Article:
When I was in the classroom one of my goals–unattained but always guiding my work–was to have my students co-author a paper in a peer-reviewed journal. We worked on some projects, especially with the
that contributed in some way to work that led to papers but not in a way that warranted authorship. Nevertheless, this goal kept our eye on the prize of creating and doing authentic science for all students in my classroom. There are a number of examples of recent and authentic work done by citizen or amateur scientists. In fact, KABT and I sponsored an entire meeting featuring local amateur scientists who all had peer-reviewed articles to their credit. Well here’s another example, published in Science:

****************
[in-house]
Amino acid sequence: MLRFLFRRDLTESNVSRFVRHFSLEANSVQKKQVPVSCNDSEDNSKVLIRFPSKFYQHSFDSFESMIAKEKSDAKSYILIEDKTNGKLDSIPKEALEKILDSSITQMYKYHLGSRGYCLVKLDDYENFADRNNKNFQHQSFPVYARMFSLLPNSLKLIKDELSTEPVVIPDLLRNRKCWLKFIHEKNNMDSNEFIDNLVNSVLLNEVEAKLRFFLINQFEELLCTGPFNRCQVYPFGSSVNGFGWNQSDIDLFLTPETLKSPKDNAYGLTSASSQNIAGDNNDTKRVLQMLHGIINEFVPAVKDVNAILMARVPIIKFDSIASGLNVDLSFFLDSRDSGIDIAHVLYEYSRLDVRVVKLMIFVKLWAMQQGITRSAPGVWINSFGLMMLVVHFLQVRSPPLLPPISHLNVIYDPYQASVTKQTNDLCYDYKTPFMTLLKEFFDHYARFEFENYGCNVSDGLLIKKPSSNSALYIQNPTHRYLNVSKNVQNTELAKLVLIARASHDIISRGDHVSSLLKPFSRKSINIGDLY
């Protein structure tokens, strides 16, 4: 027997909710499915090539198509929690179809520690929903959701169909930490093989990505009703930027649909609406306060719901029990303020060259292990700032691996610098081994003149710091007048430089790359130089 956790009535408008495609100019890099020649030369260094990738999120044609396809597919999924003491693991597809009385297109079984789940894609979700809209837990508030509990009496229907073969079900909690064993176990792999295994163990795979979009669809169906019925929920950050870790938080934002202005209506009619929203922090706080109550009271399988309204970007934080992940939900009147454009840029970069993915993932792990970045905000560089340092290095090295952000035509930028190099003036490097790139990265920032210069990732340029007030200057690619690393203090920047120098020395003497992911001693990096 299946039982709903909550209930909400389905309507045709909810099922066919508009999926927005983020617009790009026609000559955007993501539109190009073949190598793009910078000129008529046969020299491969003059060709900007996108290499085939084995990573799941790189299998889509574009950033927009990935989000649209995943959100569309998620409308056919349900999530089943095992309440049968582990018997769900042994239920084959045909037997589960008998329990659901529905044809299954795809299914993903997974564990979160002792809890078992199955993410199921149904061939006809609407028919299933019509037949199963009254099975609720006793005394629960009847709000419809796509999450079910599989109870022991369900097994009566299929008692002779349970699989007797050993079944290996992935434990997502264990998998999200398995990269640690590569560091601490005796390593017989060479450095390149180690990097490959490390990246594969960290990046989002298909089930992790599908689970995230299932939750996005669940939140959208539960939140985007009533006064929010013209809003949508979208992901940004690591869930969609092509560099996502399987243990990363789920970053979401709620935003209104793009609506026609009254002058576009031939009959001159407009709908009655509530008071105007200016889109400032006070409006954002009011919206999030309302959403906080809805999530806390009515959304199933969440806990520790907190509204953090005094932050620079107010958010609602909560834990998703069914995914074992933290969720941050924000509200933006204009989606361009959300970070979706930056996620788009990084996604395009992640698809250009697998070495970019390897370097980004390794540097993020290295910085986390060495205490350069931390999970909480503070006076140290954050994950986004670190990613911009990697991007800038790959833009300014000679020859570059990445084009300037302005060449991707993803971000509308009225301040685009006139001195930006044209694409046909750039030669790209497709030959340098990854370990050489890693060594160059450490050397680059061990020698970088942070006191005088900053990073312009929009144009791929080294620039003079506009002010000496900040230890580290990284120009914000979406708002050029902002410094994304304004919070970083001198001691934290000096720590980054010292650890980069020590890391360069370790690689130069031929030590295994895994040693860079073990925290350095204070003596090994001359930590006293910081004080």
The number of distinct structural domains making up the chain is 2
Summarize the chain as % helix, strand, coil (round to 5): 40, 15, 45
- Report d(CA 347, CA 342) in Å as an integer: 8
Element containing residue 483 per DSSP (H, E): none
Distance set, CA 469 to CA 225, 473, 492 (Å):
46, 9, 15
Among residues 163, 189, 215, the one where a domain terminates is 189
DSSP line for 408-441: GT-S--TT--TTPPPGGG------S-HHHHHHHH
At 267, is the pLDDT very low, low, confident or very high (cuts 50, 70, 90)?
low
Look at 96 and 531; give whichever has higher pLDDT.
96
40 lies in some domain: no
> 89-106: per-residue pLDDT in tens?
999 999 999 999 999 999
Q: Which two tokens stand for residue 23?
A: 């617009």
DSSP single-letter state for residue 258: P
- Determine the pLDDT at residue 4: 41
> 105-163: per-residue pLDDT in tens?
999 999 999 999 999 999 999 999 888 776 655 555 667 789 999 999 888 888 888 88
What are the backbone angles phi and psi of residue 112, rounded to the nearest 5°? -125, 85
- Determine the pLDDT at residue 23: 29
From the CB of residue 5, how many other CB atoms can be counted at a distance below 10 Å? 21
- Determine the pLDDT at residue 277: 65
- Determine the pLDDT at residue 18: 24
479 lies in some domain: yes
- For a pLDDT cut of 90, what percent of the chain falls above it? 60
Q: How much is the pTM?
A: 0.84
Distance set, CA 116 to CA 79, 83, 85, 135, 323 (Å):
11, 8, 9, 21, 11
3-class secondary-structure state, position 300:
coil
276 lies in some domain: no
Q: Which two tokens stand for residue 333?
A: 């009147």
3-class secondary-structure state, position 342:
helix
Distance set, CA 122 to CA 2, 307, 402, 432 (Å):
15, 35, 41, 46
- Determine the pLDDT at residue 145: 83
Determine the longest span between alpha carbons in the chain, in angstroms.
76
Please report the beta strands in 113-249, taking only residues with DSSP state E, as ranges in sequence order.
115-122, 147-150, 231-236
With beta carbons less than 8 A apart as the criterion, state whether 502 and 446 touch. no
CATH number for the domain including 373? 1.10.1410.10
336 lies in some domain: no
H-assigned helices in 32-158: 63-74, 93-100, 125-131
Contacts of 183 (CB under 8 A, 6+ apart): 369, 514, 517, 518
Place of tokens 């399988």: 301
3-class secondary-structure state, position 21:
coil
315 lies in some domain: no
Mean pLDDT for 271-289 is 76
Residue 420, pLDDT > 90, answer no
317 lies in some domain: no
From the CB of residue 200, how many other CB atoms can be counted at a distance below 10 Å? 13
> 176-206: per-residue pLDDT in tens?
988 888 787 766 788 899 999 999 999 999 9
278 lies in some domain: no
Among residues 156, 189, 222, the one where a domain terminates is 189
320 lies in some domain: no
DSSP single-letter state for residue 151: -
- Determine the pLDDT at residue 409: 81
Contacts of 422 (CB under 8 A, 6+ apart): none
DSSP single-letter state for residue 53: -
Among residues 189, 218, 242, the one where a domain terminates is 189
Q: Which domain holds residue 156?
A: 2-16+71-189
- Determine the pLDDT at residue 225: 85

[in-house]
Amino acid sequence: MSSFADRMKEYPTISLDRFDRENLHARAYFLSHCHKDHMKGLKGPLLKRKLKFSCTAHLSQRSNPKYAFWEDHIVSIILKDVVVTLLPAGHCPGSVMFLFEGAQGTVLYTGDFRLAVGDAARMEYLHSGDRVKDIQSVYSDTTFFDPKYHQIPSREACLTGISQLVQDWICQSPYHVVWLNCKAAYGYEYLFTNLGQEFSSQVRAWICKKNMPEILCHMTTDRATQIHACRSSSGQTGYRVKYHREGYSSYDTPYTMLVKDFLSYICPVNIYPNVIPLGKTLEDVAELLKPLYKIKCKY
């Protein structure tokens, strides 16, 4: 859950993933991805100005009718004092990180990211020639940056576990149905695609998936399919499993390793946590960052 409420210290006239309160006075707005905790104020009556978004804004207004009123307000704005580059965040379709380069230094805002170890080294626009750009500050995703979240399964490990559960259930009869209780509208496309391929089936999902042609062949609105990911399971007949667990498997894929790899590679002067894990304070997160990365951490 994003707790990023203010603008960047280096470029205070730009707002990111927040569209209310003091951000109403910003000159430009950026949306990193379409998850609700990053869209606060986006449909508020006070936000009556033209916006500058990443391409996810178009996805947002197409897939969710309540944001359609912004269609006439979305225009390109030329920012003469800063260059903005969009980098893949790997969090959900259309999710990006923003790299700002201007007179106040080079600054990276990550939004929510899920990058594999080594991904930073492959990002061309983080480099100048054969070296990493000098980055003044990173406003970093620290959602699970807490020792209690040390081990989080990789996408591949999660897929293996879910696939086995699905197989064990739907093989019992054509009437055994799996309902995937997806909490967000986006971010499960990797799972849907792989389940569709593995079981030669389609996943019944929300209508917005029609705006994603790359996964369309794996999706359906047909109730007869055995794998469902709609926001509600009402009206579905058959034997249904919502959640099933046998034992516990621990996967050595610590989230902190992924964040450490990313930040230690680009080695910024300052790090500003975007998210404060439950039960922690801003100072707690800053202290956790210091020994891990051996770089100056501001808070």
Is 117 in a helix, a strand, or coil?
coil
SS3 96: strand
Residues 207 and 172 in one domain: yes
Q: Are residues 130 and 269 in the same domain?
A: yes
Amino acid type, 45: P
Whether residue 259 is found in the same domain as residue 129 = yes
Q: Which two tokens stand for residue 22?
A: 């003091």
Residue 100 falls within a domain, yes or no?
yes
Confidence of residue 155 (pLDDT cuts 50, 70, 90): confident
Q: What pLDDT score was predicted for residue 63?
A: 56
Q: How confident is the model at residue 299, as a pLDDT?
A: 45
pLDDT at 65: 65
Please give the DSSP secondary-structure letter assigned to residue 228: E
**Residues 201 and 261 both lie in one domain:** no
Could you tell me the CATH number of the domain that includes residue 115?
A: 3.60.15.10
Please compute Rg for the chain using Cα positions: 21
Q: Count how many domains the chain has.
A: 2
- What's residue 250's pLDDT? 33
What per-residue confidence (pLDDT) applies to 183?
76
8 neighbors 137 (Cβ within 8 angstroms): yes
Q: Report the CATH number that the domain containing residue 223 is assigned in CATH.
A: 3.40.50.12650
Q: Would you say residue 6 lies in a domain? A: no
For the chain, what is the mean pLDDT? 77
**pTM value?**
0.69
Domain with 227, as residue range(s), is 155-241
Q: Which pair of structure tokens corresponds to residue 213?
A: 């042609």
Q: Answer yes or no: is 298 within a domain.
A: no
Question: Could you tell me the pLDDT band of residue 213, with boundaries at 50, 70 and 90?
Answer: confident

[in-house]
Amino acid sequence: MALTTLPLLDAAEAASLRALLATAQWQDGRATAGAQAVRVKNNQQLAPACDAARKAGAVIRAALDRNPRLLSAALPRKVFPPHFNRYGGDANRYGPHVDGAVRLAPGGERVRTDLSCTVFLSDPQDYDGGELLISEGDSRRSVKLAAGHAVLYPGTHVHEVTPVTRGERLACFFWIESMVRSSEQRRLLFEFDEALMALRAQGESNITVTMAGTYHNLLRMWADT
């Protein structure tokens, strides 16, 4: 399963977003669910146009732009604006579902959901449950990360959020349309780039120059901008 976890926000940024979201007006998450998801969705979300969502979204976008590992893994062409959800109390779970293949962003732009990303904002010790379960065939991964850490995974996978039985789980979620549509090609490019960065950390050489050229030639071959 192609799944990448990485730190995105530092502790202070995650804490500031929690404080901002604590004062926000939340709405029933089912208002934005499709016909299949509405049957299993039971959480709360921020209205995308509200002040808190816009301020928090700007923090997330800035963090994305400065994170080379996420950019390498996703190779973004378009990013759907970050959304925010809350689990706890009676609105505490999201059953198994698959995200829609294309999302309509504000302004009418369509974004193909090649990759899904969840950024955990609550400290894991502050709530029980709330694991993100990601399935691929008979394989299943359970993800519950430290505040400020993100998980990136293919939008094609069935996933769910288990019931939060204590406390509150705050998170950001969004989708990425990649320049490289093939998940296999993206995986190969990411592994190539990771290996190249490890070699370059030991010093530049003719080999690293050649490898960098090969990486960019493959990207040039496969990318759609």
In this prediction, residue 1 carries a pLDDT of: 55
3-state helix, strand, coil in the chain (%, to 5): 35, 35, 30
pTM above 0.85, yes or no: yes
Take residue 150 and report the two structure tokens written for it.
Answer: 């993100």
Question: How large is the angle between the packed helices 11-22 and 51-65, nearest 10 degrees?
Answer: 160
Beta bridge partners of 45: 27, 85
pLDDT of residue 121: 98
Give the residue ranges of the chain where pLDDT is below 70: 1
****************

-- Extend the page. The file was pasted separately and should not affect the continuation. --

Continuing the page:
Note that the “amateur” scientists in this report collected long term data about the local fungi. Long term data collection is one of the areas that provide an exceptional opportunity for amateur or classroom exploration. While some have managed to do so, most of us “older” biology teachers wish we had collected and recorded accurate, longterm environmental data from our classroom experiences.